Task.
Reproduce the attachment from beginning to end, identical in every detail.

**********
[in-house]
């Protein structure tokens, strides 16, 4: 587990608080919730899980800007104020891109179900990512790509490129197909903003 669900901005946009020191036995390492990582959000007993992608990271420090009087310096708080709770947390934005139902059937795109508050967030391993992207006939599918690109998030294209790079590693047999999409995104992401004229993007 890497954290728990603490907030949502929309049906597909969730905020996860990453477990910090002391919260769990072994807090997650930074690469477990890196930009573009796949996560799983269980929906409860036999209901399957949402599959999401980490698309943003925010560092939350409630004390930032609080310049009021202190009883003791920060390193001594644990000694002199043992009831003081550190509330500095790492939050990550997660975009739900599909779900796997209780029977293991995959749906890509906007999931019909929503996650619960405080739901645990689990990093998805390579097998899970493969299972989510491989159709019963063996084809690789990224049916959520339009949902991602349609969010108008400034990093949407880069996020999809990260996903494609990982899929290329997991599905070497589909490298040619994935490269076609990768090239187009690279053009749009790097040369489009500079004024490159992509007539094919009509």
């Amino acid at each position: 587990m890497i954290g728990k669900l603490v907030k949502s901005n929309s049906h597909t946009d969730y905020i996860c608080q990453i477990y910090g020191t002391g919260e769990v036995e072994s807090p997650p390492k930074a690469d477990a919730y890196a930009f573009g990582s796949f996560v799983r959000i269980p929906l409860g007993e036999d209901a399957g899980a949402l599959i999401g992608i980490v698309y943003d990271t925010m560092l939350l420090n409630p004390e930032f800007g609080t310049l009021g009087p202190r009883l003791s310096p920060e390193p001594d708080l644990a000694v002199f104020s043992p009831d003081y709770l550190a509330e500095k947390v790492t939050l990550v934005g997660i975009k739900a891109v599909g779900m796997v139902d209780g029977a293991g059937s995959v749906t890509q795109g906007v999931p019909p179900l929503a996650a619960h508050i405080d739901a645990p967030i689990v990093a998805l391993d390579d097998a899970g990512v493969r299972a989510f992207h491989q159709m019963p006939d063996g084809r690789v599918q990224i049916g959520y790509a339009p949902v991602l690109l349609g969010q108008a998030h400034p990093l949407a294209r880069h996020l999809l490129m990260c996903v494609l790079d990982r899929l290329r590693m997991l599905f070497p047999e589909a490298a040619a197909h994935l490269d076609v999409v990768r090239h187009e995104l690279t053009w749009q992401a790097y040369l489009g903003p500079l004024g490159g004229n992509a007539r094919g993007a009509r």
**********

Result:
[in-house]
């Protein structure tokens, strides 16, 4: 587990608080919730899980800007104020891109179900990512790509490129197909903003 669900901005946009020191036995390492990582959000007993992608990271420090009087310096708080709770947390934005139902059937795109508050967030391993992207006939599918690109998030294209790079590693047999999409995104992401004229993007 890497954290728990603490907030949502929309049906597909969730905020996860990453477990910090002391919260769990072994807090997650930074690469477990890196930009573009796949996560799983269980929906409860036999209901399957949402599959999401980490698309943003925010560092939350409630004390930032609080310049009021202190009883003791920060390193001594644990000694002199043992009831003081550190509330500095790492939050990550997660975009739900599909779900796997209780029977293991995959749906890509906007999931019909929503996650619960405080739901645990689990990093998805390579097998899970493969299972989510491989159709019963063996084809690789990224049916959520339009949902991602349609969010108008400034990093949407880069996020999809990260996903494609990982899929290329997991599905070497589909490298040619994935490269076609990768090239187009690279053009749009790097040369489009500079004024490159992509007539094919009509």
């Amino acid at each position: 587990m890497i954290g728990k669900l603490v907030k949502s901005n929309s049906h597909t946009d969730y905020i996860c608080q990453i477990y910090g020191t002391g919260e769990v036995e072994s807090p997650p390492k930074a690469d477990a919730y890196a930009f573009g990582s796949f996560v799983r959000i269980p929906l409860g007993e036999d209901a399957g899980a949402l599959i999401g992608i980490v698309y943003d990271t925010m560092l939350l420090n409630p004390e930032f800007g609080t310049l009021g009087p202190r009883l003791s310096p920060e390193p001594d708080l644990a000694v002199f104020s043992p009831d003081y709770l550190a509330e500095k947390v790492t939050l990550v934005g997660i975009k739900a891109v599909g779900m796997v139902d209780g029977a293991g059937s995959v749906t890509q795109g906007v999931p019909p179900l929503a996650a619960h508050i405080d739901a645990p967030i689990v990093a998805l391993d390579d097998a899970g990512v493969r299972a989510f992207h491989q159709m019963p006939d063996g084809r690789v599918q990224i049916g959520y790509a339009p949902v991602l690109l349609g969010q108008a998030h400034p990093l949407a294209r880069h996020l999809l490129m990260c996903v494609l790079d990982r899929l290329r590693m997991l599905f070497p047999e589909a490298a040619a197909h994935l490269d076609v999409v990768r090239h187009e995104l690279t053009w749009q992401a790097y040369l489009g903003p500079l004024g490159g004229n992509a007539r094919g993007a009509r």